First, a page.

Sri Lanka should be a ‘24x7-capable’ BPO (Business Process Outsourcing) destination, if the country is to serve America in a broader way which continues to be the biggest BPO market with over 50% of market share, an industry expert said.
Addressing the SLASSCOM Executive Briefing on ‘Future Outlook for Business Process Management’, WNS Europe and South Africa Managing Director, J.J. (Eric) Selvadurai said BPO service providers should look at developing the industry eco-system at a macro-level.
“As Sri Lankan service providers, we should be all dressed up and ready to offer our best to USA. By that I mean Sri Lanka should be a ‘24x7-capable’ BPO destination to serve them. I am not talking about keeping offices open for 24x7 because you can control that scenario.
However, the whole infrastructure and the eco-system of the country have to be worked up. Countries providing best BPO services in the world have good public transportation where employees can finish their work at around 3 a.m. in the morning and go home. At a macro level, we have to focus on those areas,” said Selvadurai.
He asked the service providers attending the briefing to push for those immediate changes required for the industry, keeping in mind that Sri Lanka as a destination has done well in servicing USA than India.
Global BPO Market size for 2012 is US$ 159 billion and is expected to touch US$ 209 billion by 2017. Selvadurai mentioned that America having the largest market share in the world is poised to grow to US$ 116.7 billion at a CAGR of 5.2% in 2017, capturing 55.7% of the global market.
However, Selvadurai added that Asia Pacific will be the new growth region with CAGR of nine per cent in the next five years.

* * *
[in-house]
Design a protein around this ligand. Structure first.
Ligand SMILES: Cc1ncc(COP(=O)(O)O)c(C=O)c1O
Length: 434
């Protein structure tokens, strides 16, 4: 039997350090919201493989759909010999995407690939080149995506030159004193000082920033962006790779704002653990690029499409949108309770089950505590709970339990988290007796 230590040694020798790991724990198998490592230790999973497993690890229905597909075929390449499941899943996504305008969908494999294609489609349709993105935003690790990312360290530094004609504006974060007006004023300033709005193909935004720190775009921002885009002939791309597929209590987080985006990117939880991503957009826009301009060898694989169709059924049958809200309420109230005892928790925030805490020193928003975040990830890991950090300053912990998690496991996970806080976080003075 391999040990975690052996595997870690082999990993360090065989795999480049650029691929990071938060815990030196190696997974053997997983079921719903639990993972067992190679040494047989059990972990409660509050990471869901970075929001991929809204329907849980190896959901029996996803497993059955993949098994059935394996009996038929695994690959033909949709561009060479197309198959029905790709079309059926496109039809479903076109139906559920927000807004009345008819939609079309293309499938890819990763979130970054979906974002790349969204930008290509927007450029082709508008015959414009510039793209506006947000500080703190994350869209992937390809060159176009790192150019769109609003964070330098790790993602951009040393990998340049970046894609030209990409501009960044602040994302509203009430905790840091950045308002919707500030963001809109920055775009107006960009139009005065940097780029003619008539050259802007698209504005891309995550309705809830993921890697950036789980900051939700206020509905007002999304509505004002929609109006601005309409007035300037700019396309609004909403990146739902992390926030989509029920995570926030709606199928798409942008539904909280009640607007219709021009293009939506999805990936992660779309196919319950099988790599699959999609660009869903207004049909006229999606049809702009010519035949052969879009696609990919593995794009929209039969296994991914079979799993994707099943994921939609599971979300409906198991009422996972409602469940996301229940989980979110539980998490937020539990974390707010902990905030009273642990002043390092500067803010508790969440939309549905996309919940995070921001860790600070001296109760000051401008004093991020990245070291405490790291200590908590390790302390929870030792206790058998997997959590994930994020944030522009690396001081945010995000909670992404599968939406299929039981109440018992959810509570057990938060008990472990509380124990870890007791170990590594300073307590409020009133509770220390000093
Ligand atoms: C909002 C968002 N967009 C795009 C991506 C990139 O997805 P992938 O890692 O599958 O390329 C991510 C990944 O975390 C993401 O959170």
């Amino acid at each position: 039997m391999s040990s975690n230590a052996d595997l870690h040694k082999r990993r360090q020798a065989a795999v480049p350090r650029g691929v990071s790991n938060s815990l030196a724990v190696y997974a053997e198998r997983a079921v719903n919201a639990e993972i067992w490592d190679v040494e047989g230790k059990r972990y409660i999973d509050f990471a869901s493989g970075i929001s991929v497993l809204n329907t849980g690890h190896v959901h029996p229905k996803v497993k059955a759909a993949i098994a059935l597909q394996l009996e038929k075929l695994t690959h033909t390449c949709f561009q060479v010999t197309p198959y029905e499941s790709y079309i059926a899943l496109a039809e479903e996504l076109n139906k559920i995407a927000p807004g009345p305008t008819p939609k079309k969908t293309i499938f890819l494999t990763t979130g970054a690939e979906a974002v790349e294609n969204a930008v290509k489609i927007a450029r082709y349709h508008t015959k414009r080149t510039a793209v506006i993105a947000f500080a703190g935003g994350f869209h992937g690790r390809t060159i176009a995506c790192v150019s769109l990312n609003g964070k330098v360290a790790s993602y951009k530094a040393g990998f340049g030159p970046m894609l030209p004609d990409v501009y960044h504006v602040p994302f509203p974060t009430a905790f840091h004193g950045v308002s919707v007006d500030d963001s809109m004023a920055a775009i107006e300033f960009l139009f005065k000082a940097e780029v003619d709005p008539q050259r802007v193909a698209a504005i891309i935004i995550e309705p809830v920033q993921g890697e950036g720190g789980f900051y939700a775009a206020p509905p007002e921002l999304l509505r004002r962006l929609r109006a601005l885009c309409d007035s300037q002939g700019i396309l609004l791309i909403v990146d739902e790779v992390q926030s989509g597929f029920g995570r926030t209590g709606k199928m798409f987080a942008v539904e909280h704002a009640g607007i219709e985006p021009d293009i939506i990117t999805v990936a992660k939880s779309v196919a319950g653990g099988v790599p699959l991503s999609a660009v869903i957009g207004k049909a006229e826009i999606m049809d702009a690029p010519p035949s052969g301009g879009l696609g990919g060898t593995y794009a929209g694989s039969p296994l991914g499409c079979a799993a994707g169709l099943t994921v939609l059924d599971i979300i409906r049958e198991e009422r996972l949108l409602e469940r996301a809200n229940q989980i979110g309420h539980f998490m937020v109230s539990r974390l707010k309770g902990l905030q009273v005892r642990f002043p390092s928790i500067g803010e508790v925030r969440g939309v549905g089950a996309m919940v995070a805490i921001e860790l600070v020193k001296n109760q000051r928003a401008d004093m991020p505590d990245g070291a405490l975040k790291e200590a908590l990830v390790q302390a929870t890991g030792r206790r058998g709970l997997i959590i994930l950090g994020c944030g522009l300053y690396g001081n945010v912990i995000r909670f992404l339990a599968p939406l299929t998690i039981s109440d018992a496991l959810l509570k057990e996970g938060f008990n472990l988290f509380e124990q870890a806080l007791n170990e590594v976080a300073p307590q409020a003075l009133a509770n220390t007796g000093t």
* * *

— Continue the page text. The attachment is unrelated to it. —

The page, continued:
“The Asia/Pacific region is expected to generate US$ 47.4 billion in spending in 2017 and lead growth among regions at a CAGR of nine per cent. This represents approximately 22.6% of the total worldwide BPO spending in 2017. F&A (Financial and Accounting) and HR (Human Resources) grow from low bases as Asia Pacific firms focus on process improvement to help enhance scalability and customer service.”
“Sometime ago, when we looked at the APAC market; it did not make a lot of economic sense that time even though we had the urge to go into the market. However, it does make a lot of sense economically. When we tried to penetrate the Australian market 6-7 years ago; it was not easy because there was not much benefit. Now it has become a market that many BPO practitioners eye very eagerly,” Selvadurai said at the briefing.
He said that India is heavily investing on their tier-2 and tier-3 cities to expand their BPO services and stressed that it is high time for Sri Lanka to do the same thing.
“BPO practitioners in the country should already be thinking about what the ‘next Colombo’ is and where it is going to be. SLASSCOM as the IT/BPO chamber of the country should advise the government on that aspect and evaluate the next big city of the country to roundup best talent and bring out state-of-the-art infrastructure to redefine the industry,” said Selvadurai.
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